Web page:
However, ever since the farm was bought by Cunningham, much has been done to ensure that the negative effects of the type farming done on the land before would not occur again. Cunningham views the farm’s permaculture practices as “an orchestra of water, soils, plants, grasses and animals to keep each in balance.” With the introduction of animals and perennial plants (which exist throughout the year) to the land, Mary’s Land Farm has been able to utilize a naturally occurring relationship between the plants, animals, and land. Haigwood says that with synthetic fertilizers, the natural process is being “bypassed” when the plants are being directly fed the nutrients. However, using manure or compost as a natural fertilizer instead “feeds the whole system.” With the consumption of organic grains and grass, animals at Mary’s Land farm provide a natural source of nutrients for the soil, which helps grow grass that can feed the animals once more. A notable aspect of the farm that Haigwood mentions as well is that the soil is covered with living material throughout the property. “Of the 160 acres, at no point is more than one to two percent exposed,” much unlike how it was before the Cunninghams bought the farm.

The farm’s use of berms and swales are also a prime example of permaculture on the farm; their primary function on the farm is to maximize water retention and redirection back into the soil. Swales are essentially reservoirs for water that are created along natural contours of a given area of land to prevent soil and nutrients from being washed away. Normally, in the absence of swales, water would travel down slopes, carrying these substances, and enter waterways. Haigwood says “A berm is the soil down hill from the swale, essentially a dam or mound on contour.” They can be thought of raised beds or terraces located around the swale that help to further retain water. At Mary’s Land Farm, such berms and swales have been set up throughout the property, with plants such as fruit and nut trees located on the berms being able to thrive on water that would normally carry excess nutrients into waterways.

As one may guess, such a diverse and complicated plot of land as Mary’s Land Farm is not without its labor. Early on a cold, Saturday morning, I’m on a golf cart with Thomas, who is taking me along to do the morning chores. The chores are listed on a worn-out iPad that Thomas has me hold as he drives to the hen house, and we’re both sniffling our noses on the way there. Once we arrives, I get to see the spacious inside of the building that the chickens are kept in. There is a long feeding trough running along the ground, a line of cubbies for hens to lay eggs, several elongated wooden ladders, or playsets, if you will, that the chickens can hop up on. Thomas opens a large metal door to let them out, and we go into a separate room to collect eggs on an electronic conveyer belt that delivers them from the hens’ nests. After filling up a few blue baskets, we head over to a different building that has rooms for storing and washing eggs, where we place small stickers that say “Saturday” on the basket and drop them off. We see Thomas’ father, Tom Cunningham, working on a different task in the egg room, and, judging by the way Thomas and his “Papa” interact with one another and go about their work, it is clear that this is an ordinary day for them. After that, we go to the duck pond. We break the ice in the pond so that the ducks can access the water, and Thomas releases the ducks from the white tent that housed them during the nighttime. The ducks rush out of the tent in a white blur, some flying and some waddling, and make their way to a dispenser. We refill the grain in the dispensers next to the pond, flip the soil within the tent, and collect duck eggs from wooden crannies in the tent to bring back to the same building as before. We then create milk using milk powder and water for a calf whose mother had died. In response to me asking why they don’t just use milk from another mom, Thomas tells me that “it would create stress on the mom,” and and a different mother’s milk may also make the baby sick. Finally, we go around to different water containers around the farm with hammers in order to break ice off that built up overnight so the animals can drink. Several of these water containers are out in the forest where the pigs are often rooting, and I see a berm and swale running through the land nearby. Thomas tells me about how he has to balance his weekly homeschooling work as a junior with his work on the farm, which consists of  “morning” and “night” chores. He has to get through a certain number of books and online courses by the end of a year, which takes a certain amount of long-term focus and dedication.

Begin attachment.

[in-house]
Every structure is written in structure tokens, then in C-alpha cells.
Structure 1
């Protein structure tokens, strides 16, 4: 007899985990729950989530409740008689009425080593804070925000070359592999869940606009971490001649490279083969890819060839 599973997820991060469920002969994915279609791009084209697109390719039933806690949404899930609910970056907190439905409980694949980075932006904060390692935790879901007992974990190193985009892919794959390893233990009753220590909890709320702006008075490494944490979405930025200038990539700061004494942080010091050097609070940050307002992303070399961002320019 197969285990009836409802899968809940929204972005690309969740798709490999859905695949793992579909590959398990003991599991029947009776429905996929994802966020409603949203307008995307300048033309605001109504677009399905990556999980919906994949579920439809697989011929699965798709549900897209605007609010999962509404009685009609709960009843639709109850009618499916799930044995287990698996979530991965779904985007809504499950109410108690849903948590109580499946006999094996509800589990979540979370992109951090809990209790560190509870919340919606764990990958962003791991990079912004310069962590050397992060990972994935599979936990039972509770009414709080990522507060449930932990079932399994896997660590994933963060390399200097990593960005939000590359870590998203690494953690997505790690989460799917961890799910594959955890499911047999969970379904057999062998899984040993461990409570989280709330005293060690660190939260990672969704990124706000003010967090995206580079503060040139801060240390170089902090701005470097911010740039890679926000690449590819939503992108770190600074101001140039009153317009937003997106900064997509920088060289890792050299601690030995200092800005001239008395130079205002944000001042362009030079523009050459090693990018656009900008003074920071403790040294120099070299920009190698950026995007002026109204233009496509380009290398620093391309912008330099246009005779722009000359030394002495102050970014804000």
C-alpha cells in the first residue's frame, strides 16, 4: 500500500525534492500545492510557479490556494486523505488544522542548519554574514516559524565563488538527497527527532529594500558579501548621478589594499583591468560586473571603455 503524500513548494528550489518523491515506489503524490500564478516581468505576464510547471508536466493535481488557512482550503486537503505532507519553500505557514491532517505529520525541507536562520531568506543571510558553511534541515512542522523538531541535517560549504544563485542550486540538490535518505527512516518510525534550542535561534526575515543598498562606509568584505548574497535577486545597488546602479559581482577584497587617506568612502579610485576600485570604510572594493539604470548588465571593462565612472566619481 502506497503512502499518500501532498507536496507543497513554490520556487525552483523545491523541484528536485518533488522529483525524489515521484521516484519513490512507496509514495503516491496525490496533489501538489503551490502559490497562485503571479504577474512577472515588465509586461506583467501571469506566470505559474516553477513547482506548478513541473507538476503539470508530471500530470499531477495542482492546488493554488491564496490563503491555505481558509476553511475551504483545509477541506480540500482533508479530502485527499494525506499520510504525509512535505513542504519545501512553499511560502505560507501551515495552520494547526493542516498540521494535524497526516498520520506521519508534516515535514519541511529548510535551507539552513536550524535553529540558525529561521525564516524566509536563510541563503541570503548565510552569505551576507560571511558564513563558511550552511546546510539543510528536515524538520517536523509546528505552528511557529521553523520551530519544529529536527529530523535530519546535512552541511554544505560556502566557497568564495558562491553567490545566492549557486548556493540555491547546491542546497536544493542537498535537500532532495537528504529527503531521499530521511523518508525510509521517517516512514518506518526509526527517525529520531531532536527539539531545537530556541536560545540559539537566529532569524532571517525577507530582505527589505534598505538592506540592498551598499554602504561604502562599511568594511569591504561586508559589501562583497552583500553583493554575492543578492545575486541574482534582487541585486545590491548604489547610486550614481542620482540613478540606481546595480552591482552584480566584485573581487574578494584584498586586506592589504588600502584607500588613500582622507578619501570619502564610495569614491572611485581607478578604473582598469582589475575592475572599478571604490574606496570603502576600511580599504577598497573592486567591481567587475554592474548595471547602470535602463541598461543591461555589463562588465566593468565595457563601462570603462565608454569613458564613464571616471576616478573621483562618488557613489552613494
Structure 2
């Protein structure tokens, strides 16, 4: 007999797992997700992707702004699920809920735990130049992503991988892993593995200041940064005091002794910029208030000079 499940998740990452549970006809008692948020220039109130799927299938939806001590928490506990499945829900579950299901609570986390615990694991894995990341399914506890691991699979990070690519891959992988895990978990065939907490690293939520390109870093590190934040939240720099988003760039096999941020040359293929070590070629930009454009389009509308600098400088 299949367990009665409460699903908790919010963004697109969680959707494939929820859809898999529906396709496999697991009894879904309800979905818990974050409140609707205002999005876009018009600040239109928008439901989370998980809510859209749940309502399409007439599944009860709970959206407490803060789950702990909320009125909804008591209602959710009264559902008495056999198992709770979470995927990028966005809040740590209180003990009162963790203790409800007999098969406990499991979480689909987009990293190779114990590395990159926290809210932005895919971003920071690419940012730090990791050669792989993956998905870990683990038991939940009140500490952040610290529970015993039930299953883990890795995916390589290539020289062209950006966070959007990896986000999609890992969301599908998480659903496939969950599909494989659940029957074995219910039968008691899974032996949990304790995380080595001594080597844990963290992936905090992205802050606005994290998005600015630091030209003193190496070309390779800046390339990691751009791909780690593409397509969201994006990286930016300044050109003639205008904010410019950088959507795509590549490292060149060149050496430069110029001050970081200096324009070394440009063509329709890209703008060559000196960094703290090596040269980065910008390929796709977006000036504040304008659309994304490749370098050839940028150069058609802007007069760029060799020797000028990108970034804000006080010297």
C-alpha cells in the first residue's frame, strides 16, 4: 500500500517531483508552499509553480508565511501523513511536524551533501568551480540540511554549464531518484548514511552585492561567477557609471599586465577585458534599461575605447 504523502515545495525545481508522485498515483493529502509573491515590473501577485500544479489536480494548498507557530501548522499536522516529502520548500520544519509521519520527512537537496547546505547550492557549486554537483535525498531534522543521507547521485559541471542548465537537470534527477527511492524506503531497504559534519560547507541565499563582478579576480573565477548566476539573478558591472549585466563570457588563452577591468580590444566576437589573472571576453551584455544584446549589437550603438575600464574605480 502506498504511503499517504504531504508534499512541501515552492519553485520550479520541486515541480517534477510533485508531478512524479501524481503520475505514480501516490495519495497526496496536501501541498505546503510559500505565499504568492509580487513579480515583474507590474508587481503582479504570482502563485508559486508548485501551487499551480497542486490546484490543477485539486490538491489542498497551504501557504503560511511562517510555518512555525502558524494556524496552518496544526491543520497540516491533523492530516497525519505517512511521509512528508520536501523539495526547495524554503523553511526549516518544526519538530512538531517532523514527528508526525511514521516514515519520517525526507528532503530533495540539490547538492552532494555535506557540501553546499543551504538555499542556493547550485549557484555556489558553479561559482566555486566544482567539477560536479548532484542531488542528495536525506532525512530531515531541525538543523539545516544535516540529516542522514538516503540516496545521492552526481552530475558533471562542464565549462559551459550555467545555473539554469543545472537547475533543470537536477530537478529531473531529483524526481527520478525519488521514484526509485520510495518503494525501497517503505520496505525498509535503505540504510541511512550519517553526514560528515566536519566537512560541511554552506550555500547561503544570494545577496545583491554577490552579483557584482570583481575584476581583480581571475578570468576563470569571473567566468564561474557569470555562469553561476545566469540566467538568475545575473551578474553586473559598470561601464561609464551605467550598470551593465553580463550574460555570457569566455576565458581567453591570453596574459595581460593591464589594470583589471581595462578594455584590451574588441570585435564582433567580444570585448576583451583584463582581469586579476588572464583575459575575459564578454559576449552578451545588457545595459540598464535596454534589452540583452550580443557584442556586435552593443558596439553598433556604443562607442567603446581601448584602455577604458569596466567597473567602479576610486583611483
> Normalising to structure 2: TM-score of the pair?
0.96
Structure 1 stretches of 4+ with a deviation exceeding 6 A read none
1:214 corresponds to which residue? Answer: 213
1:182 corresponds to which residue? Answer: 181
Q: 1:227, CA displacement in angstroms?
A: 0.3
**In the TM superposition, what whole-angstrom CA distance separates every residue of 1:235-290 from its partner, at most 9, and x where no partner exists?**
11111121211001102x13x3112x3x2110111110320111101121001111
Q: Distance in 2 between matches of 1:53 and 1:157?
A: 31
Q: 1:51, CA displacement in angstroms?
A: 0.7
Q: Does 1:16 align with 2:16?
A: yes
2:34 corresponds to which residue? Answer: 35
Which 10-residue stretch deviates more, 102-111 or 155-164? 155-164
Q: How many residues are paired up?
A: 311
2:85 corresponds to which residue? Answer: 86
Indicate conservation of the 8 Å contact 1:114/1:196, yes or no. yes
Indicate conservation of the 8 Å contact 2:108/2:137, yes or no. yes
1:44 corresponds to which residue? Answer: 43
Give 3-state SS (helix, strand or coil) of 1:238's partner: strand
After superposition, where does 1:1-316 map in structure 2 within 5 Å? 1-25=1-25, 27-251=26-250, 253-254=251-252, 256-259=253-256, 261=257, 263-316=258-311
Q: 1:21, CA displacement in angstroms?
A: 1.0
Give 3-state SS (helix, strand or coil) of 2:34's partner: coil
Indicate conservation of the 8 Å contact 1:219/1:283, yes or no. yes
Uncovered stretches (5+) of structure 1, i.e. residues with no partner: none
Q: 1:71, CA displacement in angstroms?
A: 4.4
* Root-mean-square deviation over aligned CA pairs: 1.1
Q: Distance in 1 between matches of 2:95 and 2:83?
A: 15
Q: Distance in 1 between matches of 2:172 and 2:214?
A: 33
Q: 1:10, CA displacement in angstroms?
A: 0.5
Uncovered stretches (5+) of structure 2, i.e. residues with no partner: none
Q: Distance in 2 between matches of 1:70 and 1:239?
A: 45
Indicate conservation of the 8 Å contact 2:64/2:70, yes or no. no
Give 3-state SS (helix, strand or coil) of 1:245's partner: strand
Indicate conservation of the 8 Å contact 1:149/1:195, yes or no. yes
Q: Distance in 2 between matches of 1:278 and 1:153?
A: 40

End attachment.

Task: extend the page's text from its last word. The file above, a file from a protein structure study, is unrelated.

After working with him throughout the morning and getting a glimpse into life at the farm, I can tell that he, along everyone else I met at the farm, definitely possesses a high level of dedication, strong work ethic, and deep appreciation for the world around them.